In “The Loneliness Pandemic” published by The Harvard Magazine in January 2021, written by Jacob Sweet, Associate Editor, some surprising insights have come to the surface. To make sure we are all defining loneliness in the same way: “Social psychologists define loneliness as the gap between the social connections you would like to have and those you feel you experience.” (Sweet, 2021)
In the past, there has been a stigma about admitting you are lonely. “People are typically embarrassed or ashamed about loneliness because they think it ties to some kind of inadequacy or deficiency on their part,” Sweet says. But COVID-19 presents obvious reasons for people to feel lonely—involuntary isolation, quarantining, etc.—”So what’s different about this loneliness is it actually has the potential to be unifying.” (Sweet, 2021) Perhaps this is a good time to look at how lonely we are, and if we need to find a solution to our feelings.
An article by Jamie Ducharme published in Time’s May 8, 2020 issue, discussed the difficulty in diagnosing which came first, the loneliness or a larger issue of depression. You know the vicious circle: you are depressed so you withdraw socially…you don’t see anyone, so you become lonely, which leads to a deeper depression. No matter which came first, chronic loneliness is a major contributor to dementia, depression, anxiety, self-harm, heart conditions, and substance abuse. Its impact is about the same as smoking 15 cigarettes a day (Ducharme, 2020).
In their workbook, Coping with Loneliness, Ester Leutenberg and John Liptak, EdD identify two kinds of loneliness. They posit that almost everyone will experience loneliness from time to time. Different forms of loneliness exist. (Excerpts from Coping with Loneliness, Leutenberg and Liptak.)
Situational Loneliness—people feel lonely due to a situation or experience. This is a temporary situation. An example would be moving to a new city where a person does not have any friends and has not made any acquaintances. Even though this situation brings on feelings of loneliness, these feelings will naturally disappear once the person has made new friends. This state of loneliness is usually a transient form of loneliness that changes as the situation or circumstances change.
(Leutenberg & Liptak, 2014)
When the pandemic began, if we felt more lonely than usual, we could find comfort in “this too shall pass.” Most of us didn’t have a clue we would still be experiencing lockdown and self-quarantine.
Leutenberg and Liptak go on to define chronic loneliness:
Chronic Loneliness – This is a form of loneliness that persists over time, regardless of the situation or circumstances. This chronic form of loneliness usually results from having a weak or non-existent support system, a lack of social skills, shyness, and/or low self-confidence. An example would be a person who lacks the self-confidence to initiate conversations when meeting new people, or a person who fears being alone. This type of loneliness often requires the person to take action and build a new set of social skills.
A specific type of this loneliness involves people with mental health issues. Even if they have a great support system and are surrounded by those who care, their issues cause them to feel alienated and lonely. They need to see a medical professional if it continues.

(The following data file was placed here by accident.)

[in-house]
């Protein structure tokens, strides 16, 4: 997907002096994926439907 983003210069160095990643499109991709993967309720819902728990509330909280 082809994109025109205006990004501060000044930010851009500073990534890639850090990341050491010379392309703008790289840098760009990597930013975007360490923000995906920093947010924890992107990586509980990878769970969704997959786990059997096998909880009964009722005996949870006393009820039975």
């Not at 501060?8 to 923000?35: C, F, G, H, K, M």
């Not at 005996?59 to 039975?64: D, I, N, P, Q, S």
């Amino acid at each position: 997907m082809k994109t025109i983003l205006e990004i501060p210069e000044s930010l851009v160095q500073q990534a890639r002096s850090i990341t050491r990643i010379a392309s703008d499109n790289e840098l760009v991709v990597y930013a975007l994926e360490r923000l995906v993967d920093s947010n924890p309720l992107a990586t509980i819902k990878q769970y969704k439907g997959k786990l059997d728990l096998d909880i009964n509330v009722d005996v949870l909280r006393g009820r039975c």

They suggest we be on the lookout for these symptoms of being lonely.
As loneliness becomes a bigger problem for people at all levels of society, it is important to distinguish the specific symptoms of loneliness. Because loneliness is an extreme emotional state in which people experience powerful feelings of isolation from others, it is accompanied by a variety of thoughts and feelings. People who are lonely will exhibit many of the following symptoms:
- Crying a lot of the time
- Feeling “hollow” inside
- Feeling alienated from other people
- Feeling as if you are alone, even though you are surrounded with others
- Feeling as if you are not accepted
- Feeling as if you are not as worthwhile
- Feeling as if you are not loved
- Feeling as if you cannot make friends or build stronger relationships with acquaintances
- Feeling as if you do not have the same interests and values as those around you
- Feeling as if you have nobody with whom to share personal concerns and experiences
- Feeling cutoff or disconnected
- Feeling damaged and unloved
- Feeling empty
- Feeling lost with no direction
- Feeling physical pain akin to a “broken heart”
- Feeling sad
Leutenberg and Liptak reinforce what we read from Sweet and Ducharme. The negative feelings of loneliness can lead to a variety of other health-related concerns and stress-related conditions including heart disease, high blood pressure and stroke. In addition, it is often related to addiction, various forms of anti-social behavior, disrupted sleep patterns and various mental-health conditions. People experiencing a long-term (chronic) form of loneliness are more susceptible to experiencing these wider effects of loneliness. If your clients are experiencing any of the effects listed above, suggest they see a medical professional.
If, on the other hand, you observe the general malaise that often accompanies mild feelings of loneliness this worksheet might help expand their areas of social interaction. Click here for a free copy of My Social Circle included in Coping with Loneliness, along with many other worthwhile worksheets and handouts for the professional to use when working with their clients.
As we know, writing can be cathartic as folks struggle with many issues. The following are suggestions from Leutenberg and Liptak for writing in a “Loneliness Journal”. Click here for a printable version.
What would it be like to not feel lonely?
What could I do to change my attitude to be less lonely?
Why am I so lonely?
How can I take responsibility for being less lonely?
What steps should I now take to overcome loneliness?